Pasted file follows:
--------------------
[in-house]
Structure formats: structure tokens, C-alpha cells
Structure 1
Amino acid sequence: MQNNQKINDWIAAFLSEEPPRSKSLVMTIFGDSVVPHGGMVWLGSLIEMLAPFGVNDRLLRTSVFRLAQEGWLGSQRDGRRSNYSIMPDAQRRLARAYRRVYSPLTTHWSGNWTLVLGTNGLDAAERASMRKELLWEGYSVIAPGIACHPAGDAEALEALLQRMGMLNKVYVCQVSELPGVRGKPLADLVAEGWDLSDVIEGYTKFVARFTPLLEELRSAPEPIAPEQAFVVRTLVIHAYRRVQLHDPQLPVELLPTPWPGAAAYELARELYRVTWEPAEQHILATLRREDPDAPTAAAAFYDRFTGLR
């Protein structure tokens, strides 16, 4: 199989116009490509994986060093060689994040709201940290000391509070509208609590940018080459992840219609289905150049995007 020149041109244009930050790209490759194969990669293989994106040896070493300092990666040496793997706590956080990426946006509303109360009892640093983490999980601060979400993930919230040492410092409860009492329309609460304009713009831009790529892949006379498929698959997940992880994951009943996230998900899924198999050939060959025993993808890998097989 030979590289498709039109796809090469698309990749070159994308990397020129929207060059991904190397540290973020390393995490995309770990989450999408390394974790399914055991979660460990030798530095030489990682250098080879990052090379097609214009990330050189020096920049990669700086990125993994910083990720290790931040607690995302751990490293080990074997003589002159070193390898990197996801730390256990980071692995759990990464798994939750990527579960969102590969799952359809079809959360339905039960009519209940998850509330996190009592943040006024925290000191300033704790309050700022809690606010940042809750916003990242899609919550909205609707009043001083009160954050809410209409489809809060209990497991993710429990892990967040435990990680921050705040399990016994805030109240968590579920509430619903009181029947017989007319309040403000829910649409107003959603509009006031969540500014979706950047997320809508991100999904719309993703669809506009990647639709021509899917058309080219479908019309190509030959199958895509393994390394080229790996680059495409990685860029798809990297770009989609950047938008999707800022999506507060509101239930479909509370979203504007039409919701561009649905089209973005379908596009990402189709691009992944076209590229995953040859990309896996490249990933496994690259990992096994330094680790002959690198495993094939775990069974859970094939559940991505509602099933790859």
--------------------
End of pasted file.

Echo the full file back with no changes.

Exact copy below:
[in-house]
Structure formats: structure tokens, C-alpha cells
Structure 1
Amino acid sequence: MQNNQKINDWIAAFLSEEPPRSKSLVMTIFGDSVVPHGGMVWLGSLIEMLAPFGVNDRLLRTSVFRLAQEGWLGSQRDGRRSNYSIMPDAQRRLARAYRRVYSPLTTHWSGNWTLVLGTNGLDAAERASMRKELLWEGYSVIAPGIACHPAGDAEALEALLQRMGMLNKVYVCQVSELPGVRGKPLADLVAEGWDLSDVIEGYTKFVARFTPLLEELRSAPEPIAPEQAFVVRTLVIHAYRRVQLHDPQLPVELLPTPWPGAAAYELARELYRVTWEPAEQHILATLRREDPDAPTAAAAFYDRFTGLR
């Protein structure tokens, strides 16, 4: 199989116009490509994986060093060689994040709201940290000391509070509208609590940018080459992840219609289905150049995007 020149041109244009930050790209490759194969990669293989994106040896070493300092990666040496793997706590956080990426946006509303109360009892640093983490999980601060979400993930919230040492410092409860009492329309609460304009713009831009790529892949006379498929698959997940992880994951009943996230998900899924198999050939060959025993993808890998097989 030979590289498709039109796809090469698309990749070159994308990397020129929207060059991904190397540290973020390393995490995309770990989450999408390394974790399914055991979660460990030798530095030489990682250098080879990052090379097609214009990330050189020096920049990669700086990125993994910083990720290790931040607690995302751990490293080990074997003589002159070193390898990197996801730390256990980071692995759990990464798994939750990527579960969102590969799952359809079809959360339905039960009519209940998850509330996190009592943040006024925290000191300033704790309050700022809690606010940042809750916003990242899609919550909205609707009043001083009160954050809410209409489809809060209990497991993710429990892990967040435990990680921050705040399990016994805030109240968590579920509430619903009181029947017989007319309040403000829910649409107003959603509009006031969540500014979706950047997320809508991100999904719309993703669809506009990647639709021509899917058309080219479908019309190509030959199958895509393994390394080229790996680059495409990685860029798809990297770009989609950047938008999707800022999506507060509101239930479909509370979203504007039409919701561009649905089209973005379908596009990402189709691009992944076209590229995953040859990309896996490249990933496994690259990992096994330094680790002959690198495993094939775990069974859970094939559940991505509602099933790859």